Betwixt and between the two world wars, the shortage of housing for the homeless, hopeless and dispossessed lead to an acceleration in the building of an informal architecture – the so-called Plotlands.
One such area and precious survivor from the last century is the Humberston Fitties – situated to south of Cleethorpes, preserved in time by the happy homesteaders.
Though under threat from Local Authority negligence or intervention, three hundred and twenty chalets prevail – against the incursion of planning regulations, building specs and a lack of respect.
I feel a real affinity for all Plotlands, having spent many summers in the converted Pagham railway carriage, belonging to my Aunty Alice and Uncle Arthur. They relocated to the south coast seeking cleaner air for Arthur’s ailing, industrialised northern lungs, thus prolonging his life.
Tamarisk – Pagham
So here are the photographs I took on a visit to The Fitties in July 2008, I walked the home made roads, amazed by the vigour and variety of shape, size, personal affectation and practical pragmatism, of this all too human architecture.
This is a particular form of independent minded Modernism – hand-forged from the vernacular.
It is better to have your head in the clouds, and know where you are, than to breathe the clearer atmosphere below them, and think that you are in paradise.
Henry David Thoreau
All towns have ghosts, none more so than Scarborough.
High atop a castle topped, wind whipped promontory, lies Anne Bronte, overlooking the harbour below, wayward Whitby whalers wail, lost fisher folk seek solace.
Its walls ache with traders past, scissors that no longer snip, click-less shutters, unlettered rock and loaves that no longer rise.
Layers of sun baked, peeling paint on brick, rendered almost illegible.
As Alan Resnais would say Scarborough, mon amour!
I was walking back from St Stephen’s Church recently, when I chanced upon a small group of two storey, flat roofed, semi detached social houses.
They were blessed with that post war functionalist brick and concrete chic.
Part of a larger development of homes in the Longford area of the town.
An area which is one of the most socially deprived in the country, with more than its fair share of problems, crack and weed would once have been pressing matters for the Borough Highways Department – these days they are more likely to attract the attention of the boys and girls in blue.
And to cap it all the area is prone to frequent flooding.
There are signs of hope as the housing association and council embark on a multi million pound refurbishment of the estate including:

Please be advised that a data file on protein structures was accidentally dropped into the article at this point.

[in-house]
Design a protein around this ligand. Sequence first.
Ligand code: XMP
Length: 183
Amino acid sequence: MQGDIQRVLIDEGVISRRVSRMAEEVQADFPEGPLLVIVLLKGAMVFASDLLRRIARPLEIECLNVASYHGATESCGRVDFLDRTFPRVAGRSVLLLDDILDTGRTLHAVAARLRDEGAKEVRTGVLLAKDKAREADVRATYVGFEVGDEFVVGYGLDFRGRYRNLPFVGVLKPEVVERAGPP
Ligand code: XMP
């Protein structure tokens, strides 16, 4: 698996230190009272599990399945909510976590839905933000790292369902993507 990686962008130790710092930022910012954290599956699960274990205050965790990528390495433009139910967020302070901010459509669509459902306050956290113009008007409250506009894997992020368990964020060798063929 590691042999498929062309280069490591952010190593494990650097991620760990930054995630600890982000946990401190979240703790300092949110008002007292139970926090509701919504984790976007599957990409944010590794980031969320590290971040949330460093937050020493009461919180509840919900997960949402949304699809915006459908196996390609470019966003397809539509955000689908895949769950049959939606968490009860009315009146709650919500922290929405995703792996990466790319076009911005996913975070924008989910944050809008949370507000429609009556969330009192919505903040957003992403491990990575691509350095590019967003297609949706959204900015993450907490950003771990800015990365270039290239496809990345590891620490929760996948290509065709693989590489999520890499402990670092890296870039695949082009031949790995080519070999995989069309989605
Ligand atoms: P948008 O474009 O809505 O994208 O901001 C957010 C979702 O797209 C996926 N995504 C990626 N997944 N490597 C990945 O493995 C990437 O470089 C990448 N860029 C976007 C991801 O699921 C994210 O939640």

Replacing fencing around bungalows.
On the day of my visit the chill January streets seemed quiet and ordered, and I was enchanted by the mismatched pairs of semis that I encountered.
It began with a ray gun.
Following a thread, a tenuous electrical link that brought me back home, to an all too familiar household name.
A name that has illuminated, vibrated, mixed, measured, massaged, warmed and dried our lives for over one hundred years.
But what does it mean, where does this stuff come from, what’s it all about Pifco?
Pifco of Failsworth, also of Pifco House, 87 High Street, Manchester.
1900 Company established by Joseph Webber to sell lighting appliances and accessories.
1902 Public company formed as Provincial Incandescent Fittings Co. Ltd.
1911 The Filani Nigeria Tin Mining Co was incorporated as a public company.
1949 Name changed.
1954 Incorporated Walls Ltd, of River Street Birmingham, as a wholly-owned subsidiary to manufacture medical lamps, kettles and small cookers.
1957 The last of the mining assets were sold.
1957 Filani Nigeria Tin Mining Co changed its name to Pifco Holdings Ltd and acquired all of the issued share capital of Pifco 1961 Manufacturers and distributors of electrical appliances and accessories.
1970 The Regent Cotton Mill, in Failsworth was purchased by Pifco.
1984 Agreed to acquire Swan Housewares from BSR International, but later the deal collapsed.
1987 Acquired House of Carmen, maker of heated hair rollers; the other important brand was Salton.
1991 Purchased Russell Hobbs Tower.
2001 Salton Group, a US company making domestic appliances, acquired Pifco.
So Provincial Incandescent Fittings Co. Ltd.
We salute you, so much joy emanating from Failsworth Manchester, making the world a warmer, drier, brighter, cleaner safer place.
Always at never less than entirely reasonable prices.
A true friend to the nocturnal cyclist.
Christmas cheer for all!
Those little things that lighten the wearisome load of the daily beauty regime.
The minor essentials of our everyday electrical lives.
The seemingly frivolous rendered material.
We can all sleep ever so easily abed at night, in the simple knowledge that Pifco is still out there working just for us/you!
There is some far-flung corner for Wales, that is forever California.
As the clippers and steamers left the Mersey Estuary for the New World, cram packed with emigres some centuries ago, would they expect on their return, some centuries later, to find this architectural cultural exchange, located sedately on Penrhyn Bay?
This is a typology with a limited vocabulary, but spoken in a lilt, with an ever so slight, polite Mid-Atlantic drawl.
Lightly clad, stone-faced, light and almost expansive the seaside bungalow.
There there are 98 stops on the 192 route, between Manchester and Hazel Grove.
– I know because I walked them all.
Sunday morning roads relatively free of traffic.
Some stops peopled some not.
Zigzagging the A6 to record a consistent sequence.
The bus stops here.